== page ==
Before that, she'd only really been seen in a handful of online videos, but by the time of the song's official release in February last year – it went straight to No 1 and ended up selling more than 480,000 copies – she was one of the most talked-about singers in the country.
As an introduction, it clearly worked, and Ora's subsequent two singles, RIP, with Tinie Tempah, and How We Do followed Hot Right Now to No 1.
Meanwhile, her debut album, Ora, topped the chart, finishing the year with sales of around 240,000.
"That's the most surreal thing that's happened to me," says the 22-year-old Kosovan-born star.
"The success of the singles, and the tour selling out within minutes of the tickets going on sale– all of last year was crazy."
Ora is getting used to "surreal". She was signed by Jay-Z's management company and record label Roc Nation in New York after Mr Beyonce himself called to request a meeting.
At the time she was at college studying for her A-levels and working in a London shoe shop in order to pay musicians to play with her at gigs in the evenings.
"I'd play anywhere – bars and clubs, in my dad's pub, just to be out singing," she says. "I guess Roc Nation heard about me just through people they know in the industry, called me up and asked for a meeting.
"It was a real pinch-yourself moment, and the meeting we had when I met Jay-Z was just unbelievable. It was so nerve-racking, interesting, exciting and weird all at the same time. You know when you can feel someone's power? It was like that, you could just tell when you walked in the room that he was powerful and successful.
"It was so odd. I walked in, shook his hand and then we were suddenly having a conversation.
"Now it feels like we've known each other a long time. I get lots of advice from him. He's not just a great friend, but a boss and a brother. He's the man."
That is a rather simplified version of events, of course. Multi-million-selling artists and business moguls like Jay-Z don't just call 18-year-old singers in London on the off chance. Ora has pursued a career in showbiz from a young age and went to the prestigious Sylvia Young Theatre School in London.
"I really didn't think I'd be good enough, but then the only thing I was ever interested in was singing. Ever since I was really little, like six or something, it's all I've wanted to do."
The transition from theatre school to a professional life as a performer was difficult, she admits, and there were a few bumps along the way.
"There are so many people leaving there each year as brilliant performers, plus all the other schools putting out the same amount of quality.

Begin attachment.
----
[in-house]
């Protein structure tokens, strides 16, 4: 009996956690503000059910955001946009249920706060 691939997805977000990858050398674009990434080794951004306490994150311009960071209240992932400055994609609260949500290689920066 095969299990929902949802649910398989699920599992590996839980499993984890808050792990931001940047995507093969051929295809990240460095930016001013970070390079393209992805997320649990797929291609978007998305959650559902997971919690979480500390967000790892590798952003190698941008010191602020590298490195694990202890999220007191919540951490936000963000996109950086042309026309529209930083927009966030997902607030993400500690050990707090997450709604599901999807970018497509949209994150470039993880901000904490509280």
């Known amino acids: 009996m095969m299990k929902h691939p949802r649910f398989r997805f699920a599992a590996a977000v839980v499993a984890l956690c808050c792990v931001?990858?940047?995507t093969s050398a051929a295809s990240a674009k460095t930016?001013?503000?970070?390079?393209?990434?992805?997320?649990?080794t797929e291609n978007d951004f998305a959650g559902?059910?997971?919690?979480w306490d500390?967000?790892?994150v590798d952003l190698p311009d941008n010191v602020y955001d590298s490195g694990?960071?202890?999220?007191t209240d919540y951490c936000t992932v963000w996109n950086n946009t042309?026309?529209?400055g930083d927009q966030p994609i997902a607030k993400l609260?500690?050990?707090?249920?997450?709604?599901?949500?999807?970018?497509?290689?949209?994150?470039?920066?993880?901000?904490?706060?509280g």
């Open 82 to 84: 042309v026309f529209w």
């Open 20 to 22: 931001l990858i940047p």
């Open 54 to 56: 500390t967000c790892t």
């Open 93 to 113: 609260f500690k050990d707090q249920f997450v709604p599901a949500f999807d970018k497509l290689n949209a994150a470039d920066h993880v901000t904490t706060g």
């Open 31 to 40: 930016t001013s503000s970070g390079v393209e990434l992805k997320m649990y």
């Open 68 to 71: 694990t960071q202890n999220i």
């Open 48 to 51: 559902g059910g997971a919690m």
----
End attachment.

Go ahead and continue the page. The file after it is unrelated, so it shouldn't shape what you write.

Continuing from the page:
"I didn't want to go to another performing arts college after I'd done my GCSEs. I just went to a regular college and carried on writing my songs. I followed my gut, really.
"The first time I thought I might make it was when I was 14, when I was signed to a production company. That didn't work out. A year later, I was signed to a management company, but that didn't work out either.
"There were a lot of promises, but nothing came of them. The important thing is you believe it's going to happen eventually, and that keeps you going."
Ora was born in Pristina in the former Yugoslavia, now Kosovo, and moved to the UK with her Kosovar-Albanian parents when she was aged one, during the brutal conflict in the region.
She says the people of Kosovo have been hugely supportive of her, and she's "so proud" of her birth nation.
Family clearly matters. She took them to Dubai for Christmas and New Year, and when she had a well-publicised wardrobe malfunction on stage which left one of her breasts exposed, the first and only person she had to call was her mother, to apologise and promise it would never happen again.
Immediately after her UK tour, which Ora's currently rehearsing for, she has dates in Australia, and then mainland Europe. Between now and the summer she'll record her second album, and hopes to have it released by the end of the year.
"My first album was finished when I was 19, and I'm 22 now, so I have a lot more I want to talk about and say," she adds.
Ora's self-titled debut featured production from the likes of Major Lazer, will.i.am, The-Dream, Stargate and Diplo, but she promises the second album will see fewer writers contributing more.
"I'm very excited about some of the people lined up, I can't wait to work with them. But obviously I can't say who they are yet. Pop music's very secretive."
l Rita plays Glasgow's O2 Academy tonight. Sold out.
RITA ORA came from nowhere to release three No 1 singles and a chart-topping debut album. On the eve of her first UK tour, which visits Glasgow tonight, she talks to Andy Welch about her stunning rise to fame